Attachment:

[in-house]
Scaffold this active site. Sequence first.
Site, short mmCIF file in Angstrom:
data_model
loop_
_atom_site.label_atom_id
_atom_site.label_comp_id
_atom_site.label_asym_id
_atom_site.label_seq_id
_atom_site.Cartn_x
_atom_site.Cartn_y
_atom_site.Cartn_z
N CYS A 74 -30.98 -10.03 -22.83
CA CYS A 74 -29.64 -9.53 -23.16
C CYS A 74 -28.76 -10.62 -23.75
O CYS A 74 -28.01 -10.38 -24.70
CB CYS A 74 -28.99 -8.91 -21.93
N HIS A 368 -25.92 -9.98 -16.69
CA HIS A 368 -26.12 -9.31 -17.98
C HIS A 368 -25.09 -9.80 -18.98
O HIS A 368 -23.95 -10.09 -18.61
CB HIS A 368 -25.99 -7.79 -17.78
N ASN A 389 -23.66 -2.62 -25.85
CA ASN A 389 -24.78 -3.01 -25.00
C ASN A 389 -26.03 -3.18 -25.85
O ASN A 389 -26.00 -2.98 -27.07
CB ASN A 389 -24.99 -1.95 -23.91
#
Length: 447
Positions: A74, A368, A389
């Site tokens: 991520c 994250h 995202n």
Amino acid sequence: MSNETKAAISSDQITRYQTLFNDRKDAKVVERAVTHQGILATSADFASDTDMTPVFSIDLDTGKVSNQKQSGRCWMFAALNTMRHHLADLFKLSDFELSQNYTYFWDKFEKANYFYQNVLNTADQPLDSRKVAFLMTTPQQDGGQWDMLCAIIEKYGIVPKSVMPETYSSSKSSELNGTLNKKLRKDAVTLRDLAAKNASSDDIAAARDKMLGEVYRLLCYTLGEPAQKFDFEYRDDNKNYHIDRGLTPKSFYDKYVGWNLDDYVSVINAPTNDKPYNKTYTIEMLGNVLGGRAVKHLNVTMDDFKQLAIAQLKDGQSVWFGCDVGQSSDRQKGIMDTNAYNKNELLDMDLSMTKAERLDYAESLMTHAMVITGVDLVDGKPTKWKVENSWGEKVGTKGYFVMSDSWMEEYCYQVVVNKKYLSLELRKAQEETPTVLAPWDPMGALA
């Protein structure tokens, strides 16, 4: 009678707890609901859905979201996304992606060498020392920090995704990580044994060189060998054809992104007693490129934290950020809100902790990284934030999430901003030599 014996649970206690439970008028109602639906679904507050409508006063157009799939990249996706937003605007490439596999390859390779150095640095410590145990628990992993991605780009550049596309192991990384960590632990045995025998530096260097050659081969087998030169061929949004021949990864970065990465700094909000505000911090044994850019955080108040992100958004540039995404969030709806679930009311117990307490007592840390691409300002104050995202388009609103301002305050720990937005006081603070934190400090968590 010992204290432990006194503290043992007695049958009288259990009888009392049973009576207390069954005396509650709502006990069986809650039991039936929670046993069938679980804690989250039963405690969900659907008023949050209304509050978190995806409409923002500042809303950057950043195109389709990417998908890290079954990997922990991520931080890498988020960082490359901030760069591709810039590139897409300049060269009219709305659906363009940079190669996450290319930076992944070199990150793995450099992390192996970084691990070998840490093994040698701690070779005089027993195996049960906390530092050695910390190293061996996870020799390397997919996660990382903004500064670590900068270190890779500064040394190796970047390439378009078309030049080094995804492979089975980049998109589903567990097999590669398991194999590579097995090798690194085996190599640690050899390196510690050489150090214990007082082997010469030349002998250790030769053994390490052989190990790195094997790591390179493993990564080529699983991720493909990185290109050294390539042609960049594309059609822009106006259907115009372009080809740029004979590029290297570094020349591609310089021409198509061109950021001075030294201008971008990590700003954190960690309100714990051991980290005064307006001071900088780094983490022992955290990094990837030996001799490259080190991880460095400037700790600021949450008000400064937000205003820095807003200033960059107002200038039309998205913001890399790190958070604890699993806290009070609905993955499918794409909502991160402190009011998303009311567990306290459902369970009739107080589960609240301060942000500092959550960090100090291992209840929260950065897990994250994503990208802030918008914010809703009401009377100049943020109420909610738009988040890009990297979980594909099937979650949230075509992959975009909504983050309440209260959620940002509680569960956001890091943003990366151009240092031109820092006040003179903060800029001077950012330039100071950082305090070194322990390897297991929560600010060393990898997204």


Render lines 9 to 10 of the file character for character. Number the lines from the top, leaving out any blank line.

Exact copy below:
_atom_site.label_seq_id
_atom_site.Cartn_x